About Valve Stenosis
Stenosis is the term for a valve that is narrowed and doesn’t open properly. The flaps of a valve may thicken, stiffen or fuse together. As a result, the valve cannot fully open. The heart then has to work harder to pump blood through the valve, and the body may suffer from a reduced supply of oxygen.
Causes of Valve Stenosis
All types of heart valve disease are more common with age, although some may be caused by congenital heart defects. For example, a type of malformed aortic valve is a bicuspid aortic valve. About 1% to 2% of the population is born with an abnormal bicuspid valve, which means instead of having three flaps that open for blood flow, two are fused together. This causes blood to pass through a smaller, restricted opening.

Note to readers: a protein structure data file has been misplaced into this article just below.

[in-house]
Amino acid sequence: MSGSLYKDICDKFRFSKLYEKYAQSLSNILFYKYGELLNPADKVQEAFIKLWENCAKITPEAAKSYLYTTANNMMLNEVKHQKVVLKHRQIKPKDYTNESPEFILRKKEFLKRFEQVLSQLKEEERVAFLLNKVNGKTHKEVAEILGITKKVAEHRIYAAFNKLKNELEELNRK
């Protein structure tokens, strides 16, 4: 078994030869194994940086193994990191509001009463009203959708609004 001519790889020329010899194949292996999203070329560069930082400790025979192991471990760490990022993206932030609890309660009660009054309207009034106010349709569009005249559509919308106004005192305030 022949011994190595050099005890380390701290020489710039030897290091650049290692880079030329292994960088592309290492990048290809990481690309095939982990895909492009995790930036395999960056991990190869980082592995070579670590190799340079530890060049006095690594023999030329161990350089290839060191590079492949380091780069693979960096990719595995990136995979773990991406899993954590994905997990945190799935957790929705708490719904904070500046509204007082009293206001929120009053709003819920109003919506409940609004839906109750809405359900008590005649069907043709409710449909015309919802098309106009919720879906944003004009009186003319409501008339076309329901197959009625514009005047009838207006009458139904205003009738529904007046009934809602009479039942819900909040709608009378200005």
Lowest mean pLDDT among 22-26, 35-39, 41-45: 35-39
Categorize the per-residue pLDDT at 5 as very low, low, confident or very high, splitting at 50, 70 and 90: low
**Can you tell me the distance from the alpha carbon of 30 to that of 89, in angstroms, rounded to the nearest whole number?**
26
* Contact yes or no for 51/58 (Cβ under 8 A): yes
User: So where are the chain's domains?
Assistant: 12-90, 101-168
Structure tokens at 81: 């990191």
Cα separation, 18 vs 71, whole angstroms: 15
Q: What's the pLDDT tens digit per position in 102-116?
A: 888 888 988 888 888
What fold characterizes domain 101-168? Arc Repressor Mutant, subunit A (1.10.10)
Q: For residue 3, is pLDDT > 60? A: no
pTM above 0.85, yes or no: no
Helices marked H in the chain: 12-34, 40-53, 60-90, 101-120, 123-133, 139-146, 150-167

Learn about the different types of stenosis:
Outlook for People with Valve Stenosis
Most valve conditions are very treatable with medications and procedures or surgery. However, medical procedures and surgery have risks that should be discussed with your health care provider. It’s important to weigh your options carefully because untreated heart valve problems can lead to serious, life-threatening conditions.